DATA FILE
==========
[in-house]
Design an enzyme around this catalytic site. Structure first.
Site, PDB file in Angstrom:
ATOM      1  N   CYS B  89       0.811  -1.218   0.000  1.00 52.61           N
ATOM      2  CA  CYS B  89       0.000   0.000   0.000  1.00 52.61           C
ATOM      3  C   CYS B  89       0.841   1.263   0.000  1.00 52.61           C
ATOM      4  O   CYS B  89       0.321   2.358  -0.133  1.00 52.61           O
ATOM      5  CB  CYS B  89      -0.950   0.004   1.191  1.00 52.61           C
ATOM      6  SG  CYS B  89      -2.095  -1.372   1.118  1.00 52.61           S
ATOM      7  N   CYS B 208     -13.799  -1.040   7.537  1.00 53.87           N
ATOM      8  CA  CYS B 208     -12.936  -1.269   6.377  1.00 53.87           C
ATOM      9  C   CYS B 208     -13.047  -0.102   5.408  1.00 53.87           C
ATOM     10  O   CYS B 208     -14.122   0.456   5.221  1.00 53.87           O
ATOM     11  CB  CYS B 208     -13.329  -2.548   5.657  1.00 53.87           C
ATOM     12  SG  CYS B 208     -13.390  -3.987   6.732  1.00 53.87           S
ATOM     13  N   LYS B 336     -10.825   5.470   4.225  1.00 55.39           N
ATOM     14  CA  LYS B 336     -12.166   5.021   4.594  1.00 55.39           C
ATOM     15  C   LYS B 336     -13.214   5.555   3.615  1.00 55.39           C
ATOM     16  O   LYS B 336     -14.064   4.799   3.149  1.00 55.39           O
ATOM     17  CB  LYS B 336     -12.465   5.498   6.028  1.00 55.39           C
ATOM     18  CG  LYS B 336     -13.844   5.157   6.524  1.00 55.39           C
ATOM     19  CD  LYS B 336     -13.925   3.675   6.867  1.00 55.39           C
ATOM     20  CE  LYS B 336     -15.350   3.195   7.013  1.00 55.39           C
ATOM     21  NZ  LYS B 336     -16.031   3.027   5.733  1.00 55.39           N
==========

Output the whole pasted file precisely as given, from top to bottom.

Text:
[in-house]
Design an enzyme around this catalytic site. Structure first.
Site, PDB file in Angstrom:
ATOM      1  N   CYS B  89       0.811  -1.218   0.000  1.00 52.61           N
ATOM      2  CA  CYS B  89       0.000   0.000   0.000  1.00 52.61           C
ATOM      3  C   CYS B  89       0.841   1.263   0.000  1.00 52.61           C
ATOM      4  O   CYS B  89       0.321   2.358  -0.133  1.00 52.61           O
ATOM      5  CB  CYS B  89      -0.950   0.004   1.191  1.00 52.61           C
ATOM      6  SG  CYS B  89      -2.095  -1.372   1.118  1.00 52.61           S
ATOM      7  N   CYS B 208     -13.799  -1.040   7.537  1.00 53.87           N
ATOM      8  CA  CYS B 208     -12.936  -1.269   6.377  1.00 53.87           C
ATOM      9  C   CYS B 208     -13.047  -0.102   5.408  1.00 53.87           C
ATOM     10  O   CYS B 208     -14.122   0.456   5.221  1.00 53.87           O
ATOM     11  CB  CYS B 208     -13.329  -2.548   5.657  1.00 53.87           C
ATOM     12  SG  CYS B 208     -13.390  -3.987   6.732  1.00 53.87           S
ATOM     13  N   LYS B 336     -10.825   5.470   4.225  1.00 55.39           N
ATOM     14  CA  LYS B 336     -12.166   5.021   4.594  1.00 55.39           C
ATOM     15  C   LYS B 336     -13.214   5.555   3.615  1.00 55.39           C
ATOM     16  O   LYS B 336     -14.064   4.799   3.149  1.00 55.39           O
ATOM     17  CB  LYS B 336     -12.465   5.498   6.028  1.00 55.39           C
ATOM     18  CG  LYS B 336     -13.844   5.157   6.524  1.00 55.39           C
ATOM     19  CD  LYS B 336     -13.925   3.675   6.867  1.00 55.39           C
ATOM     20  CE  LYS B 336     -15.350   3.195   7.013  1.00 55.39           C
ATOM     21  NZ  LYS B 336     -16.031   3.027   5.733  1.00 55.39           N